Joffrey Ballet receives major matching grant for students

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The Joffrey Ballet’s Victoria Jaiani in “Cinderella.” (Photo: Cheryl Mann)

As it heads into the second week of its enchanting production of Sir Frederick Ashton’s “Cinderella” (running through May 22 at the Auditorium Theatre), the Joffrey Ballet has announced some impressive news.

The company, led by artistic director Ashley Wheater and executive director Greg Cameron, has received a $200,000 challenge grant from the Reva & David Logan Foundation that will help support more than 95 full and partial scholarships for young dancers at the Joffrey Academy of Dance, the official school of the Joffrey Ballet. The challenge grant was made to expressly support a new initiative aimed at annually funding more than a total of $400,000 in scholarships for talented and motivated youth at the Joffrey Academy of Dance.

Ashley Wheater, artistic director of the Joffrey Ballet. (Photo courtesy of Joffrey Ballet)

Ashley Wheater, artistic director of the Joffrey Ballet. (Photo courtesy of Joffrey Ballet)

In recognition of Joffrey’s dedication to equity in arts education, the Logan Foundation will match all contributions received by the Joffrey Ballet through June 30, 2016 – up to $200,000, the second largest grant awarded by the foundation in the first quarter of 2016. This is the first time the Joffrey has received support from the Reva & David Logan Foundation.

The funds raised will underwrite Joffrey Academy of Dance scholarships for under-resourced and under-represented youth ages 3-24 who have demonstrated ability and financial need, with the majority provided to participants in the Joffrey’s Chicago Public School residencies in areas with limited-to-no access to arts programming. This support allows more students the ability to continue from school-based programs into community engagement programs conducted at the Joffrey Tower, including the Lemonis Bridge Program, which provides kindergartenthrough second grade students a successful pathway into the Joffrey Academy through highly-structured classical ballet training, as well as the Middle School Dance Clubs Extensions Program, a weekly program providing youth the opportunity to choreograph and perform their own work.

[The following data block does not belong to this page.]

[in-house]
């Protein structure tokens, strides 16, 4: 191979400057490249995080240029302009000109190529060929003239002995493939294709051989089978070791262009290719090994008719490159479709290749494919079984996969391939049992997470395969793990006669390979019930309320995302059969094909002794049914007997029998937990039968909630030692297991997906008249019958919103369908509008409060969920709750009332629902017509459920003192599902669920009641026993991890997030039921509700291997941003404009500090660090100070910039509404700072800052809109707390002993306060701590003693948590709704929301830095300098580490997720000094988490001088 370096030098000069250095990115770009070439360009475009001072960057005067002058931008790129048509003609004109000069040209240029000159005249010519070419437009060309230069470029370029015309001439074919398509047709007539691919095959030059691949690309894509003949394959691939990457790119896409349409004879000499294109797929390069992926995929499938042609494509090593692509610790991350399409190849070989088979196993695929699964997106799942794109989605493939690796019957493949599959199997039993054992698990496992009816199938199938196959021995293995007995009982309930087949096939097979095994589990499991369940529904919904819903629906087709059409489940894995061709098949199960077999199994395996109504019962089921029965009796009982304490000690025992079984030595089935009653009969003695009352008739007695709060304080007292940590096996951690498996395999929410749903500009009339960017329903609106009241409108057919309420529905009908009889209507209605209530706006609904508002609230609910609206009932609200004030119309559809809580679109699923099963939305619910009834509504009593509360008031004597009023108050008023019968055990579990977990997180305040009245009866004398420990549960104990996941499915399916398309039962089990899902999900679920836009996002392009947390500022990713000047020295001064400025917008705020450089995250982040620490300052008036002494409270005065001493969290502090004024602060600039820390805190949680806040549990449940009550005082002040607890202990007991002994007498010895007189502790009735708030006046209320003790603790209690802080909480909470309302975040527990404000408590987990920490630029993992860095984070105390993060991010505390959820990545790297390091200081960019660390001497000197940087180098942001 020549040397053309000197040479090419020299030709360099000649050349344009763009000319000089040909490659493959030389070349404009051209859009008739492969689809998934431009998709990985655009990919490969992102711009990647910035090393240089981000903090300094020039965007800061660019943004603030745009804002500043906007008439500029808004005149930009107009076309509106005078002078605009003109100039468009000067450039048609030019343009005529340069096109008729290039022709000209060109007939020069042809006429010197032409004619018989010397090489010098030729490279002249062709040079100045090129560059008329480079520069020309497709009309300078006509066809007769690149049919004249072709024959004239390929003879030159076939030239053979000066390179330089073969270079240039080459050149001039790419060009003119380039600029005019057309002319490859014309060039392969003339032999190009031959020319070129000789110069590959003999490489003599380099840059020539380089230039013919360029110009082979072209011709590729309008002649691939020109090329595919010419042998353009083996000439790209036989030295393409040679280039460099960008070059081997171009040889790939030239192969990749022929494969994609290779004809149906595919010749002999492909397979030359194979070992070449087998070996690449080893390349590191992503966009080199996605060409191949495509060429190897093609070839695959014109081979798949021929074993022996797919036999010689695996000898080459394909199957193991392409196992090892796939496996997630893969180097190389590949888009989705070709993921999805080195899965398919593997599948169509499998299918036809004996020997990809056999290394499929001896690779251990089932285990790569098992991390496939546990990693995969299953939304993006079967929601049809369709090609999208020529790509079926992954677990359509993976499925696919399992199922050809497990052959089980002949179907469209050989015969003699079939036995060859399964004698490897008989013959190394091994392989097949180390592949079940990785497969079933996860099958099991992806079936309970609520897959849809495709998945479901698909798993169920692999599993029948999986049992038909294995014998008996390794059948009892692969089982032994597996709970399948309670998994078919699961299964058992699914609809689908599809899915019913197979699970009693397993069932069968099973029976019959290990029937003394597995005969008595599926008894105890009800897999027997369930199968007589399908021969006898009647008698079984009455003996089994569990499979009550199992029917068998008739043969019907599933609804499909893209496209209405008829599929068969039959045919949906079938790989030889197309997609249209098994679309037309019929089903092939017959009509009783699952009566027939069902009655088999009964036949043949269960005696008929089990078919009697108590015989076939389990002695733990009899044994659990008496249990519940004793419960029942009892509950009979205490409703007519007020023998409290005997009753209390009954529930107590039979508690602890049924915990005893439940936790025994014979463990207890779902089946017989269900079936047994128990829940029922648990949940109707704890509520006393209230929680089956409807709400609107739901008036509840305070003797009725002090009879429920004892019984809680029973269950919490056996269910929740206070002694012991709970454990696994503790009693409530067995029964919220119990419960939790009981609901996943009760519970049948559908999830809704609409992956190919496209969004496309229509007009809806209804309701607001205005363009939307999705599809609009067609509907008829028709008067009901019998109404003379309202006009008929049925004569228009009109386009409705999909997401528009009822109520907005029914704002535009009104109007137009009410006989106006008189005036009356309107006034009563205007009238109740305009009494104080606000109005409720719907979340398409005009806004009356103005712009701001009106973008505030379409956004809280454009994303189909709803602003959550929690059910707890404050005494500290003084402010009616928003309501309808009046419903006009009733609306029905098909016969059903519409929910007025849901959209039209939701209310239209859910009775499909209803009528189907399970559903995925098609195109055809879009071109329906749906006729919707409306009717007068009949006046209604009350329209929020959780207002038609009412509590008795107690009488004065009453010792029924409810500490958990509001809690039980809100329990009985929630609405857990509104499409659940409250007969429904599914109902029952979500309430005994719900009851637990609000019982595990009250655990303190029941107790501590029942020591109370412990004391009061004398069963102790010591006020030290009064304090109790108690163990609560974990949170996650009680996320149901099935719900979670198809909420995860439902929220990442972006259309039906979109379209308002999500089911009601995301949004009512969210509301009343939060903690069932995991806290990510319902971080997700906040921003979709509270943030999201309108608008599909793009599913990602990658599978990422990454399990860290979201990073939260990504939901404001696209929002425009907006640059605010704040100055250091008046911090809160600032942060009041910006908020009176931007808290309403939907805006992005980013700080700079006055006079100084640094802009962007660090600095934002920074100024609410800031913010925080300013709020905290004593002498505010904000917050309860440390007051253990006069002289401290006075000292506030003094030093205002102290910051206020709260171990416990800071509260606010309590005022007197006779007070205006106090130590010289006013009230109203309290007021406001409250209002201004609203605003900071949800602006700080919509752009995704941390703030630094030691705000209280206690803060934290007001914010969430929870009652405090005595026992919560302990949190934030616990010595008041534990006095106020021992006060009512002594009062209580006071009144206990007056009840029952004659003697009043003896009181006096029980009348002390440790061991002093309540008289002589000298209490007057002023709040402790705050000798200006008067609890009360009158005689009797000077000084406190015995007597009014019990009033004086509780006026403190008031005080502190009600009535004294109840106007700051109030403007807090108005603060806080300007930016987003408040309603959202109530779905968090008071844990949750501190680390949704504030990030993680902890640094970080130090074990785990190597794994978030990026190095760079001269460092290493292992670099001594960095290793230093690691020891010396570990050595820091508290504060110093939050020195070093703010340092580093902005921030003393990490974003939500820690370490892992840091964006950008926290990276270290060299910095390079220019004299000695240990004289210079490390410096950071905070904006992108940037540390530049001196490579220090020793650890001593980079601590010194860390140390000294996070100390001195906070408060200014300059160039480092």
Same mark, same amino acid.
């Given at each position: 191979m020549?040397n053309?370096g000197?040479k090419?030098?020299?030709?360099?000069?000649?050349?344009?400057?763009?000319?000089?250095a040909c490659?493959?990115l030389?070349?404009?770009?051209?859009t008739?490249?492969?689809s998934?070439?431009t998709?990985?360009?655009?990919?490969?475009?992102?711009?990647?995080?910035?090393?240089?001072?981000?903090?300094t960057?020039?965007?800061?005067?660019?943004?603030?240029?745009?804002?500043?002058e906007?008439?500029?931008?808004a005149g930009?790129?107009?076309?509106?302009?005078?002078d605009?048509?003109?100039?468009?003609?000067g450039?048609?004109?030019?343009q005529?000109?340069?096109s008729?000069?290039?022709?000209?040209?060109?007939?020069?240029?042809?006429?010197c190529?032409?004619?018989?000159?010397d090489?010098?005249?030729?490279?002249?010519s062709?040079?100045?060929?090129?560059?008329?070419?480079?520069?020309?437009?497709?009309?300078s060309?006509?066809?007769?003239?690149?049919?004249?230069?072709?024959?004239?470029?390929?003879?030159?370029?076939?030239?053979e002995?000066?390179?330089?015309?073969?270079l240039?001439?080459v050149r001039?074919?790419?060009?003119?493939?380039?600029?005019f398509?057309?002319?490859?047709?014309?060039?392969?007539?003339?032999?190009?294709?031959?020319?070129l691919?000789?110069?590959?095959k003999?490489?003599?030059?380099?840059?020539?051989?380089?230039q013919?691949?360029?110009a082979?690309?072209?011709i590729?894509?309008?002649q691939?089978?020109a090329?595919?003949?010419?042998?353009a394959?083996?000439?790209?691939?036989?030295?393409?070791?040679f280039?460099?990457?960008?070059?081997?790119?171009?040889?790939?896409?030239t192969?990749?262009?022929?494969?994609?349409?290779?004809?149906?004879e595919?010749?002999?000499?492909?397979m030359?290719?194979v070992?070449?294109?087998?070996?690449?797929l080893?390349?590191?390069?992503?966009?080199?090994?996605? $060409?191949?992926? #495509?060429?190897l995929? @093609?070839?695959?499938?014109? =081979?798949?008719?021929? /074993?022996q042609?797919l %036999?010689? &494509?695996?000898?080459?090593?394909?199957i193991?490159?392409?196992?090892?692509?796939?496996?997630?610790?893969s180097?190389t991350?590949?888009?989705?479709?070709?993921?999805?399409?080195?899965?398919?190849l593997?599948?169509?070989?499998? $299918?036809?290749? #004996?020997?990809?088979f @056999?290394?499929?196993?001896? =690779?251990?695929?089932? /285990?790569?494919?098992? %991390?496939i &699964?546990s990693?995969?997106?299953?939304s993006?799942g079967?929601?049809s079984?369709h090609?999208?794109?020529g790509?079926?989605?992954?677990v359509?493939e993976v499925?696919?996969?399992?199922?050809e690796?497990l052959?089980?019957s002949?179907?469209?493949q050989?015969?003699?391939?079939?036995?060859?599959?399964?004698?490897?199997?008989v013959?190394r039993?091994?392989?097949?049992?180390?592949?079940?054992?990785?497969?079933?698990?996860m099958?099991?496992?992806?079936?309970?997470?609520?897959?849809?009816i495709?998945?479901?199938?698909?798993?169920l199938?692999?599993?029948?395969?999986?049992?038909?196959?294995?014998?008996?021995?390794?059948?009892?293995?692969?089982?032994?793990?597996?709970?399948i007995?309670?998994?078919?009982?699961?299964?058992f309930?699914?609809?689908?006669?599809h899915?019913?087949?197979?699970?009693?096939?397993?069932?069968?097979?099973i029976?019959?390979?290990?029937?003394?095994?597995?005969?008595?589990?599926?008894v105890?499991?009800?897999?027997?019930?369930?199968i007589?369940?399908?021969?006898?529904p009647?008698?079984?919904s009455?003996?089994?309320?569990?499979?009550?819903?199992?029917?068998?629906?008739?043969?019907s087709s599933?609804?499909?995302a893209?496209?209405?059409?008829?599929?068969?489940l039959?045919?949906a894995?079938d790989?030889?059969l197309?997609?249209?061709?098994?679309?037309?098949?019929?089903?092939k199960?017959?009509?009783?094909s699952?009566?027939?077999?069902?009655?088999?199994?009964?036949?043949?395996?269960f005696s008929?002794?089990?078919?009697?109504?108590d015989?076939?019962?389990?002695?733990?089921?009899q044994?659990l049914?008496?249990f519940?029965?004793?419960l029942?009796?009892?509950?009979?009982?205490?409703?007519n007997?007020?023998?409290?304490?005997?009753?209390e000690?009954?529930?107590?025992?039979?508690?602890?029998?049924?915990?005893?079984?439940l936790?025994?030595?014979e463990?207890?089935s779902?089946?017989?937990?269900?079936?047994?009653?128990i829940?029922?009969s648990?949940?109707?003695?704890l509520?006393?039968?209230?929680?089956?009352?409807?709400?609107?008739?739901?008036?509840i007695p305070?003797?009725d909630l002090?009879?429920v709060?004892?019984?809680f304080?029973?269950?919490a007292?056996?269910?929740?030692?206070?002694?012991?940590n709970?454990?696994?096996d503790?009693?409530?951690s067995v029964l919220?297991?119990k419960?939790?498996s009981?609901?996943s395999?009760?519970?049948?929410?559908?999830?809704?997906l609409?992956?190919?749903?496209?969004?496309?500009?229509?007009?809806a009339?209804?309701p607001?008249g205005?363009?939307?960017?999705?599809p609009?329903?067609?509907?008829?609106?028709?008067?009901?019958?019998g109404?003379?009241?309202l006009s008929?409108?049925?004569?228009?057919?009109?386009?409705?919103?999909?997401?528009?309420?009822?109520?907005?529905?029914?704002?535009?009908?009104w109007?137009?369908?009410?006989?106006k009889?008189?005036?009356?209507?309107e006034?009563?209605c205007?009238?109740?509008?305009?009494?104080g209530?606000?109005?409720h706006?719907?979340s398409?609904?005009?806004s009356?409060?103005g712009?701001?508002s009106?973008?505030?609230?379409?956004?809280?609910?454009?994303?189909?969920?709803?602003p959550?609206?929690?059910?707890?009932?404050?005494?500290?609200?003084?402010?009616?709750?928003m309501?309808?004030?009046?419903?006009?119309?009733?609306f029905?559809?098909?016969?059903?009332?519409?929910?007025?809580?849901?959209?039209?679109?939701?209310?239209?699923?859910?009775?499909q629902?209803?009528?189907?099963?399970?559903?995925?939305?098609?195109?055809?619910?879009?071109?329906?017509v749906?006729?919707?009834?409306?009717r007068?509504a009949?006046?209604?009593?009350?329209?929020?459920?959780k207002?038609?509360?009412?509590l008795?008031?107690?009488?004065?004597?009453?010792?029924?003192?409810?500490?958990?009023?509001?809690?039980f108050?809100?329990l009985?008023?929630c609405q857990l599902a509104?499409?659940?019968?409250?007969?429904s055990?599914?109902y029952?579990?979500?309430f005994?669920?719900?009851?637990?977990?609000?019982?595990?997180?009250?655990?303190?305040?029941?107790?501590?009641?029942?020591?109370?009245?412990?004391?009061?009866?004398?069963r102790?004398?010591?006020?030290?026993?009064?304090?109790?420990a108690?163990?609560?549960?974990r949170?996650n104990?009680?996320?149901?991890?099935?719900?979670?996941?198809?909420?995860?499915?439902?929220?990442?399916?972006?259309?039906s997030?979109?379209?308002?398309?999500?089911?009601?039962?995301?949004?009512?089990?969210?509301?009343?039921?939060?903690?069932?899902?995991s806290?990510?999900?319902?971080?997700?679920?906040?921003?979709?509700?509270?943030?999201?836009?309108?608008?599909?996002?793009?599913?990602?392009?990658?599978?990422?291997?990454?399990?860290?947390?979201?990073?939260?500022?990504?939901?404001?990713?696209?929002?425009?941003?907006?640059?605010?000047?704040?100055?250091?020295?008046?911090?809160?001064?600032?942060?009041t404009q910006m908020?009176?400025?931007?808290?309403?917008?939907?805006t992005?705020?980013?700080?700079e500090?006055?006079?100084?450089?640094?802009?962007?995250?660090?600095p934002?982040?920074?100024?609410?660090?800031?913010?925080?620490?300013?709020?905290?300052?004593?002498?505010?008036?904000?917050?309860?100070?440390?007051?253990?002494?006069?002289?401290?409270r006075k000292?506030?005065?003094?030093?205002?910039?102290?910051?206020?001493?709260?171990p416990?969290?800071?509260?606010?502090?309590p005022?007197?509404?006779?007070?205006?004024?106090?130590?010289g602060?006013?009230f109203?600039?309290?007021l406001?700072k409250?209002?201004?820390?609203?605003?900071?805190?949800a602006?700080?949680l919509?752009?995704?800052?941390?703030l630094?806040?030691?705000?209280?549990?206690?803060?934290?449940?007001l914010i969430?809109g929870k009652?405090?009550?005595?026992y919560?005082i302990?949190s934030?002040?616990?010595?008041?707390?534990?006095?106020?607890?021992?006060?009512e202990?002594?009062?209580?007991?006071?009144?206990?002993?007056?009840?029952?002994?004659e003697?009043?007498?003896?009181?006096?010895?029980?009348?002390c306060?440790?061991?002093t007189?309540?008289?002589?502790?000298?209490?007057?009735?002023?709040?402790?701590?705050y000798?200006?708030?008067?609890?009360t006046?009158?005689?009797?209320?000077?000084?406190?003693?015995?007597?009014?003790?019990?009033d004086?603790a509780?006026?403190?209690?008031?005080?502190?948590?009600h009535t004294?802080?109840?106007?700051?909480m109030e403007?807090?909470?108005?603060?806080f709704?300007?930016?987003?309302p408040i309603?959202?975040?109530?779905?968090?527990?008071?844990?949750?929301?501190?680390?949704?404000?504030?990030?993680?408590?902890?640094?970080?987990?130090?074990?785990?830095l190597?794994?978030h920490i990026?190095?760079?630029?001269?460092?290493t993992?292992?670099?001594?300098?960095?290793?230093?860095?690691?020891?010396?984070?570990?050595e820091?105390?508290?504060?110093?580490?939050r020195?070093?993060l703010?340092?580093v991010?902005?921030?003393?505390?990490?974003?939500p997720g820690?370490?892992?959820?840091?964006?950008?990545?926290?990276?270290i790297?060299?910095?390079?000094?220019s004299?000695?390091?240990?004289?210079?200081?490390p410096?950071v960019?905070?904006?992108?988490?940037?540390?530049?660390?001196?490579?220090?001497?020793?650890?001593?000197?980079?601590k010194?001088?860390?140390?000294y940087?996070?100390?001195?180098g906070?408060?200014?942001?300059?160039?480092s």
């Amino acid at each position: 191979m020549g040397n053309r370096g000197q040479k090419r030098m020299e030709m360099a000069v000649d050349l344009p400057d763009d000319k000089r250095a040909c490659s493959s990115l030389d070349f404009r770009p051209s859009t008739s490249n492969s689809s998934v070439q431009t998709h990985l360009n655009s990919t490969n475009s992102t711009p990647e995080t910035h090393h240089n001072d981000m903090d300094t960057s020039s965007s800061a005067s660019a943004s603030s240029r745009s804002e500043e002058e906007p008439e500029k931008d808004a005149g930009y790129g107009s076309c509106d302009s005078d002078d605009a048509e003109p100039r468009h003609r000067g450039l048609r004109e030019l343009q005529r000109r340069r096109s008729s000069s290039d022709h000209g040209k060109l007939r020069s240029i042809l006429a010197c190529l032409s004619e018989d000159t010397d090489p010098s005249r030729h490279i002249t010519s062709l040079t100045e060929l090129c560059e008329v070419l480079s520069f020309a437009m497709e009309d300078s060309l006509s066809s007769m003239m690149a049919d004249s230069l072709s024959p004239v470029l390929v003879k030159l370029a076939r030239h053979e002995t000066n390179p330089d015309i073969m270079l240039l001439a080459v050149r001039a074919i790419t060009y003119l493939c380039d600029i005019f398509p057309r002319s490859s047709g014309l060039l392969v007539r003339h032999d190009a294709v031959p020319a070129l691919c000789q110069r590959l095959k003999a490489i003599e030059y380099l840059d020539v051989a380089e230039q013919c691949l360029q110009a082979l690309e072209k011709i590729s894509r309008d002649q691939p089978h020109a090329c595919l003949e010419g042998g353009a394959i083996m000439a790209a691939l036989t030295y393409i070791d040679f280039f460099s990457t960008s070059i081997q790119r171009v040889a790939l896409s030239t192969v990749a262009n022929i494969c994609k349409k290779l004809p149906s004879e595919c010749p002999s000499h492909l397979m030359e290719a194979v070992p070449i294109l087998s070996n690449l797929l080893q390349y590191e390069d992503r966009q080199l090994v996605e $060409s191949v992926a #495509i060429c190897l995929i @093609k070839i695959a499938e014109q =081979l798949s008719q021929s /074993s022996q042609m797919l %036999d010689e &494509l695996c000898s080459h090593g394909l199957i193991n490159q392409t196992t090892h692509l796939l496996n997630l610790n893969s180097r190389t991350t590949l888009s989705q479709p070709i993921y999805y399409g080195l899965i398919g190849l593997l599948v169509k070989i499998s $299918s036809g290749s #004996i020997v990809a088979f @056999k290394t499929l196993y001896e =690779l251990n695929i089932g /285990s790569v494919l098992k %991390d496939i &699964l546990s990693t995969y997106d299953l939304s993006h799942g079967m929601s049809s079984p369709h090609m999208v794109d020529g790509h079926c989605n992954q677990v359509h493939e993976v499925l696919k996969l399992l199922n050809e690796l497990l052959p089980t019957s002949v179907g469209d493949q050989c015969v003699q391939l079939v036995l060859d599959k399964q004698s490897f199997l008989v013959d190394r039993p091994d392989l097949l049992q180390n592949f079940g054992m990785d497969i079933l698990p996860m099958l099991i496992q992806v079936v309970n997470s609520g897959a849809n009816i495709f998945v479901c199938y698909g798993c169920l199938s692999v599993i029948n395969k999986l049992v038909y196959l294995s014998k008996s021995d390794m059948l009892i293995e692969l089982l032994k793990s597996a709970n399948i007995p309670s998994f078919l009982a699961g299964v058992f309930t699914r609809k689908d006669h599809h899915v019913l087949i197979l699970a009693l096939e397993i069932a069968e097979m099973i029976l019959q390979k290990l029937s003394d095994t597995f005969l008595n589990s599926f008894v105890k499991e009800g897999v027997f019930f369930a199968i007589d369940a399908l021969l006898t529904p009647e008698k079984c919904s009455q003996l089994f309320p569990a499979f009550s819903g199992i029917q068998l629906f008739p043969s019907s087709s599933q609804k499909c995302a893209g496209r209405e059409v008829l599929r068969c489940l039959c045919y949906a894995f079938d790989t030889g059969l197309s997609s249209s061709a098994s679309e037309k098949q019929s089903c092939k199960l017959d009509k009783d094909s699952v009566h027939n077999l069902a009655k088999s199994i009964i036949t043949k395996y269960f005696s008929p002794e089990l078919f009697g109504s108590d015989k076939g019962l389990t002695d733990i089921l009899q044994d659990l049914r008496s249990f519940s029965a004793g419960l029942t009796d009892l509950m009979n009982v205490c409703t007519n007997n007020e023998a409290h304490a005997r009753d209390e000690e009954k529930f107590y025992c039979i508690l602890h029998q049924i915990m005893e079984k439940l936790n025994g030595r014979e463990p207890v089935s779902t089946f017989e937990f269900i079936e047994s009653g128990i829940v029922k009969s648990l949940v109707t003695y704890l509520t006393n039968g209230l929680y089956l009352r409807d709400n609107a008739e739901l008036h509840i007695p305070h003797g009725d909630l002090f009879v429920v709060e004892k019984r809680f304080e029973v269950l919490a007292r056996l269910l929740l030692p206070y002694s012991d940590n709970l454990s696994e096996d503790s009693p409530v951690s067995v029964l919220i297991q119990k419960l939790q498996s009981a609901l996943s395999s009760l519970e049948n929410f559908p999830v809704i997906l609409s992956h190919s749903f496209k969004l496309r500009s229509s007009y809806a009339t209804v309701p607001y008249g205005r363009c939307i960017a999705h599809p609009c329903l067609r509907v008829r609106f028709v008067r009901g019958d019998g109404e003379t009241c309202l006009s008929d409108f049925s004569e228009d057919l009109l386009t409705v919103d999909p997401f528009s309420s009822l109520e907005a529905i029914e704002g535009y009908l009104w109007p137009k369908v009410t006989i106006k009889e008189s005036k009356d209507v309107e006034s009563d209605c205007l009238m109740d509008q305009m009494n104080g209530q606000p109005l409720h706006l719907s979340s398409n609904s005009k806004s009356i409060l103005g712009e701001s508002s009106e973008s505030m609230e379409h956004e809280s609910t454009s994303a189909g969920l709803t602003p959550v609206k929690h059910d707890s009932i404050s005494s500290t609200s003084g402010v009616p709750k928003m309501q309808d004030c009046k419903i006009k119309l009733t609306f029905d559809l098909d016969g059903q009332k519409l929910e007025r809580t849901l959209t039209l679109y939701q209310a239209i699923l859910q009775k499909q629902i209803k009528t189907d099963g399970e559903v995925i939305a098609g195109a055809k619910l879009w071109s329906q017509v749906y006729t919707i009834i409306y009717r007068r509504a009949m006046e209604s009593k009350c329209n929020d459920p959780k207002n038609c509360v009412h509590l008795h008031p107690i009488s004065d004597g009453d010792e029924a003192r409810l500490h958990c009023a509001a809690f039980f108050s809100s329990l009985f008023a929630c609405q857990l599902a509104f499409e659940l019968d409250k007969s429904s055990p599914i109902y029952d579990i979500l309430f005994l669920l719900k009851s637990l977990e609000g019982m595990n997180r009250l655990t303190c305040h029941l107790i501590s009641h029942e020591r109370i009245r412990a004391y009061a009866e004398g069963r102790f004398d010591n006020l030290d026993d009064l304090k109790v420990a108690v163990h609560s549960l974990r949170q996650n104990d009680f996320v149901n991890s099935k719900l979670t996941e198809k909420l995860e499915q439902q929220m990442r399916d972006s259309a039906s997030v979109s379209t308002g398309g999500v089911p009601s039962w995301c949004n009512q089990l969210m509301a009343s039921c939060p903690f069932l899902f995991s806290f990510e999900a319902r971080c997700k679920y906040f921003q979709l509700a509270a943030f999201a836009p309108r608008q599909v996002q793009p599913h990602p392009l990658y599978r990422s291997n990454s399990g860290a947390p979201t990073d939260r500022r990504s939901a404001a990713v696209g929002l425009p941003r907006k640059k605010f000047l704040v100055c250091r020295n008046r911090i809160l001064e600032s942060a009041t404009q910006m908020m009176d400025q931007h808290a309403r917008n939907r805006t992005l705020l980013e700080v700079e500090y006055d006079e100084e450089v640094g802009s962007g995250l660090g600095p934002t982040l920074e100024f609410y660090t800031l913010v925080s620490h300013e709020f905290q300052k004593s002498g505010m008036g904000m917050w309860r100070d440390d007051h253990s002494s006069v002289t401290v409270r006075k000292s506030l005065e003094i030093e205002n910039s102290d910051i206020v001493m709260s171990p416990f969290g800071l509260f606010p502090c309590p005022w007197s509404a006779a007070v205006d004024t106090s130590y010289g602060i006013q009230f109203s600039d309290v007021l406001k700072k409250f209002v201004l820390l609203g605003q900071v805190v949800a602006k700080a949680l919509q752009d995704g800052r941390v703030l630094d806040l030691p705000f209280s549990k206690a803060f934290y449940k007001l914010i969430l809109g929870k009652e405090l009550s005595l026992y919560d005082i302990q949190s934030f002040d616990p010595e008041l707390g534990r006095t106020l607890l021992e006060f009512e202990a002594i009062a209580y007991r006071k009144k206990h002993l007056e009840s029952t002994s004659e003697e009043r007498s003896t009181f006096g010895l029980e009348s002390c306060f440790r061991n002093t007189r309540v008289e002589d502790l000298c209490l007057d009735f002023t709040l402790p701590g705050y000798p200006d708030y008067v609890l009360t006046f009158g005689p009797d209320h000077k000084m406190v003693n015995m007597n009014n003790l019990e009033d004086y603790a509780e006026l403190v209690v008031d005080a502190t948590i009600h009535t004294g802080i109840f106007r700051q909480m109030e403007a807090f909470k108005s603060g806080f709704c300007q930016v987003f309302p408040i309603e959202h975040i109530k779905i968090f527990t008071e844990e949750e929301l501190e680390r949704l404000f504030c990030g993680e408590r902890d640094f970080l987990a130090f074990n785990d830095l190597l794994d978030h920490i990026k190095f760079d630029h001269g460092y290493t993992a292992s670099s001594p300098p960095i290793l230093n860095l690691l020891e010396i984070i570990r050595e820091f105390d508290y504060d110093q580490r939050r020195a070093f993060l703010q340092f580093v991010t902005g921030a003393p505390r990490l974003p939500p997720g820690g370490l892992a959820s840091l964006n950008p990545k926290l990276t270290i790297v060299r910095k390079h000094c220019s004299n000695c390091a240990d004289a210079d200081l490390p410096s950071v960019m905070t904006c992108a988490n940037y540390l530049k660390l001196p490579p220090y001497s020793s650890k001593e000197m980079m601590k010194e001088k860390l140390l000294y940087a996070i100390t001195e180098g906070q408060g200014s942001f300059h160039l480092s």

The grant also will support five full scholarships plus living stipends towards the Joffrey Studio Company, which is comprised of 10 outstanding students at the cusp of their professional careers and are selected by Wheater and artistic directors of the Joffrey Academy of Dance, Alexei Kremnev and Anna Reznik. These students receive individualized training to prepare for professional careers in dance, as well as performance opportunities alongside the Joffrey Ballet’s professional company dancers.

In a prepared statement, Richard Logan, president of the Foundation, noted: “The discipline and sheer joy of dance education has proven to be a powerful and transformative tool in the lives of young people. Our foundation felt strongly that making this opportunity available to so many children in Chicago was a vision worthy of support…and the fact that it is provided by the world-class artists and teachers of the Joffrey Ballet is truly extraordinary. Not every child will become a star of the ballet, but each child’s star will burn a little brighter for the experience.”

Wheater (a scholarship student early on in his own youth in England) noted: “Throughout its history, the Joffrey Ballet has always welcomed a diverse array of talented dancers. But without early access to quality training, few can achieve the skills necessary to pursue professional careers. Nothing is closer to my heart than a young person who finds a means of expression through dance. The Reva & David Logan Foundation’s support is critical to ensuring that the Joffrey Academy continues to grow in size and reputation; it is a commitment to the next generation of young dancers and dance audiences.

[NOTE: For a review of “Cinderella” visit: http://www.chicago.suntimes.com/entertainment/joffrey-ballets-cinderella-a-model-of-enchantment%5D

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